The Secret of My Success: How Status, Prestige and School Performance Shape Legal Careers

47 Pages Posted: 15 Jul 2010 Last revised: 22 Feb 2012

Richard H. Sander

University of California, Los Angeles (UCLA) - School of Law

Jane R. Bambauer

University of Arizona - James E. Rogers College of Law

Date Written: July 29, 2010

Abstract

Rewards are distributed more unevenly within the legal profession than in virtually any other occupation. Most of those who study the careers of lawyers would agree that law school eliteness, law school grades, and social status each play a role in determining which lawyers capture the greatest rewards. But remarkably little effort has been made to directly compare these inputs in explaining career outcomes, to see which of the three matters most, and how they interact.

In this paper, we first examine general beliefs about the importance each of these three factors has upon lawyer careers – beliefs among academics as well as beliefs among the actual participants in the sorting process. We next present some specific findings about each of the three factors. Finally, we directly compare the three factors in regression models of career outcomes. The consistent theme we find throughout this analysis is that performance in law school – as measured by law school grades – is the most important predictor of career success. It is decisively more important than law school “eliteness.” Socioeconomic factors play a critical role in shaping the pool from which law students are drawn, but little or no discernible role in shaping post-graduate careers. Since the dominant conventional wisdom says that law school prestige is all-important, and since students who “trade-up” in school prestige generally take a hit to their school performance, we think prospective students are getting the wrong message.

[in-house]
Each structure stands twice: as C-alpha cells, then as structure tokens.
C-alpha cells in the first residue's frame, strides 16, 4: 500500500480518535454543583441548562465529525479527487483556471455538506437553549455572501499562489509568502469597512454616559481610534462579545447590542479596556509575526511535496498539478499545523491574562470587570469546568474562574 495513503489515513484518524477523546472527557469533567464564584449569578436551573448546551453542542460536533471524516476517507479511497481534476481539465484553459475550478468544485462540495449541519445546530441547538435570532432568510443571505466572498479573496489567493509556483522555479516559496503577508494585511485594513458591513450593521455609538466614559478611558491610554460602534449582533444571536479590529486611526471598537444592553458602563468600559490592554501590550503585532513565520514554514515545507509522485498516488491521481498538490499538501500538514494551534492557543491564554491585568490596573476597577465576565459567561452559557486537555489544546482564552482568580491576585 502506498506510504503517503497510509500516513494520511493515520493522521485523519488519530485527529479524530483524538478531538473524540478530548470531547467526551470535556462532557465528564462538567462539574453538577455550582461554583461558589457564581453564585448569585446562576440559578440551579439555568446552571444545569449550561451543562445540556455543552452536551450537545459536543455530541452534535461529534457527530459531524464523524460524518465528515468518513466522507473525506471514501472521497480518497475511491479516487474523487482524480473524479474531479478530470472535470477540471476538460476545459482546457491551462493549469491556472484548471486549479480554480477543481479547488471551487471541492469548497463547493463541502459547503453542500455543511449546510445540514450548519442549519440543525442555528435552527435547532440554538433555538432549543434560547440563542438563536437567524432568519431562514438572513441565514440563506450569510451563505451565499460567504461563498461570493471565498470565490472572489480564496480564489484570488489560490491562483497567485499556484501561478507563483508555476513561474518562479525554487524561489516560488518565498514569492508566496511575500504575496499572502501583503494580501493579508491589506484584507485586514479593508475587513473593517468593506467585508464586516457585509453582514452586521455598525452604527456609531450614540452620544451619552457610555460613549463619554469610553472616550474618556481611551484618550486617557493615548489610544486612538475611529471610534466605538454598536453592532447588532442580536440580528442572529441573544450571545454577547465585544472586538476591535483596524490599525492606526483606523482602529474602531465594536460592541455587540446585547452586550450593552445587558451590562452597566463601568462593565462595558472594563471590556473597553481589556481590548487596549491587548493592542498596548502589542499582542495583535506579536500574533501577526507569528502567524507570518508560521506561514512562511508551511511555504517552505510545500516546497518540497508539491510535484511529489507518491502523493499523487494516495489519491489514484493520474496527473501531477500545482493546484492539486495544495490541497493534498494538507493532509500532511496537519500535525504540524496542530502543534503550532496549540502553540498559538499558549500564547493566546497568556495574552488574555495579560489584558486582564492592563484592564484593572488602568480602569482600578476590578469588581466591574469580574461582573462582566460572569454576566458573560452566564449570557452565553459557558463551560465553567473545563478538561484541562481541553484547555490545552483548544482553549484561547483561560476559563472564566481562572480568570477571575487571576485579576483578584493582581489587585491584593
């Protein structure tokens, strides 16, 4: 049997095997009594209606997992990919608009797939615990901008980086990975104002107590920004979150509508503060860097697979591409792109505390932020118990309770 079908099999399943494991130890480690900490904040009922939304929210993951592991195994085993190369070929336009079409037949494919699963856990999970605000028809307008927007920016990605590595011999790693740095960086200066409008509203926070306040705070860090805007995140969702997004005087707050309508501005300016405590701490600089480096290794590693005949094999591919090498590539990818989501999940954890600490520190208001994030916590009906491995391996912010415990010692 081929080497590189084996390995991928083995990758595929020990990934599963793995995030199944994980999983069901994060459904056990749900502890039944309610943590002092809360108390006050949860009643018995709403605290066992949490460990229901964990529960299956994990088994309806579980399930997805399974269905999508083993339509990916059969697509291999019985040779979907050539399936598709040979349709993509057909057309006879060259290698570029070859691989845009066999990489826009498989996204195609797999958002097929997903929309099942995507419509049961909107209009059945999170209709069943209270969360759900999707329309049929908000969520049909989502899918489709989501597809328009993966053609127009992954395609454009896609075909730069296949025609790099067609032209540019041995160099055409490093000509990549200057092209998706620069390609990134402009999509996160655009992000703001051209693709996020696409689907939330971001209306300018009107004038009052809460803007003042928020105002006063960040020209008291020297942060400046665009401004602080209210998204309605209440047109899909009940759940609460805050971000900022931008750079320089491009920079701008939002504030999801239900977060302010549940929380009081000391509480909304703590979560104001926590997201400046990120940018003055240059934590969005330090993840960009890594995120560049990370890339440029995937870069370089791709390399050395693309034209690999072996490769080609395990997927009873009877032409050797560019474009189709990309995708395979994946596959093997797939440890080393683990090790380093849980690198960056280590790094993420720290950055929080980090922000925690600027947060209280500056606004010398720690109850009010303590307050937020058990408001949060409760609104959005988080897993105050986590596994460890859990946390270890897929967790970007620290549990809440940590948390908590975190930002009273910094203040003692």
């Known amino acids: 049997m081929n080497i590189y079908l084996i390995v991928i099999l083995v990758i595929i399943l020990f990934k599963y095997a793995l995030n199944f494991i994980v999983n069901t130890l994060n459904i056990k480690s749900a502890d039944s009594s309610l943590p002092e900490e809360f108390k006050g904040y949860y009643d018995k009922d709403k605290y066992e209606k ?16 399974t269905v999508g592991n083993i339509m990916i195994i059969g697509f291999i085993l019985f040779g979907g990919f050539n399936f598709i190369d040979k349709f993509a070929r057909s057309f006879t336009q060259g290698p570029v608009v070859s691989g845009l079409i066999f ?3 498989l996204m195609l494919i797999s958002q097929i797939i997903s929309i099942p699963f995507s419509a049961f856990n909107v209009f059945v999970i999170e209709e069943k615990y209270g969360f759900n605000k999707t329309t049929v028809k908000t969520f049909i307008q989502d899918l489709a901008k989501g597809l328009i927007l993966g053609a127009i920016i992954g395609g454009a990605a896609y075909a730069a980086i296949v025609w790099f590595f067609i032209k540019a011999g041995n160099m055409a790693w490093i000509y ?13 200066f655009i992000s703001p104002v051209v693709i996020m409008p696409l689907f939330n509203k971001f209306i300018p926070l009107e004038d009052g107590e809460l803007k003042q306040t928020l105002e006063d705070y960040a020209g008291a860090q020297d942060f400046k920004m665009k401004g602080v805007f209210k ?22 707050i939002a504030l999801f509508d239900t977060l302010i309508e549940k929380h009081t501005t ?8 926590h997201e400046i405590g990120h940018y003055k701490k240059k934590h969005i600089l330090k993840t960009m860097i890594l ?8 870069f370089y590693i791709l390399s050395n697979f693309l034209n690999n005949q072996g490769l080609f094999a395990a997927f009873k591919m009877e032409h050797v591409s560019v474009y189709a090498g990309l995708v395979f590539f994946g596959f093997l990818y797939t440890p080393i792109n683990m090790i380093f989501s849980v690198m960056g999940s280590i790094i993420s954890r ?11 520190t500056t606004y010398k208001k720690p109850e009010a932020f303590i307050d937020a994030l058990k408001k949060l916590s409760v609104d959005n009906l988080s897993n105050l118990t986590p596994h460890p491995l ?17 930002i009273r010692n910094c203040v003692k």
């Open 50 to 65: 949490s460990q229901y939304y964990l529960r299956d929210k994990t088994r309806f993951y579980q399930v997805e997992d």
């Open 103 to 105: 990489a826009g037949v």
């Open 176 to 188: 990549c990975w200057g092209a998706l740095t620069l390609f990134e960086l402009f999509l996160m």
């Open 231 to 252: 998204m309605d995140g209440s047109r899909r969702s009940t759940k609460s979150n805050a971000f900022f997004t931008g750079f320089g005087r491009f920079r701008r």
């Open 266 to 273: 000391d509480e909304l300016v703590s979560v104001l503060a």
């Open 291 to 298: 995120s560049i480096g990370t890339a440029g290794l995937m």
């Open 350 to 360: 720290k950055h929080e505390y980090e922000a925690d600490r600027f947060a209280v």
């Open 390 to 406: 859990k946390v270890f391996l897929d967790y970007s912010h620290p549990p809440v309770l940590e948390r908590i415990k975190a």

Keywords: law school, lawyers, social class, grades

JEL Classification: J44

Suggested Citation

Sander, Richard H. and Bambauer, Jane R., The Secret of My Success: How Status, Prestige and School Performance Shape Legal Careers (July 29, 2010). Brooklyn Law School, Legal Studies Paper No. 207; UCLA School of Law Research Paper No. 10-26; 5th Annual Conference on Empirical Legal Studies Paper. Available at SSRN: https://ssrn.com/abstract=1640058 or http://dx.doi.org/10.2139/ssrn.1640058

Richard H. Sander

University of California, Los Angeles (UCLA) - School of Law ( email )

385 Charles E. Young Dr. East
Room 1242
Los Angeles, CA 90095-1476
United States

Jane R. Yakowitz Bambauer (Contact Author)

University of Arizona - James E. Rogers College of Law ( email )

P.O. Box 210176
Tucson, AZ 85721-0176
United States

Paper statistics

Downloads
1,418
Rank
9,706
Abstract Views
8,225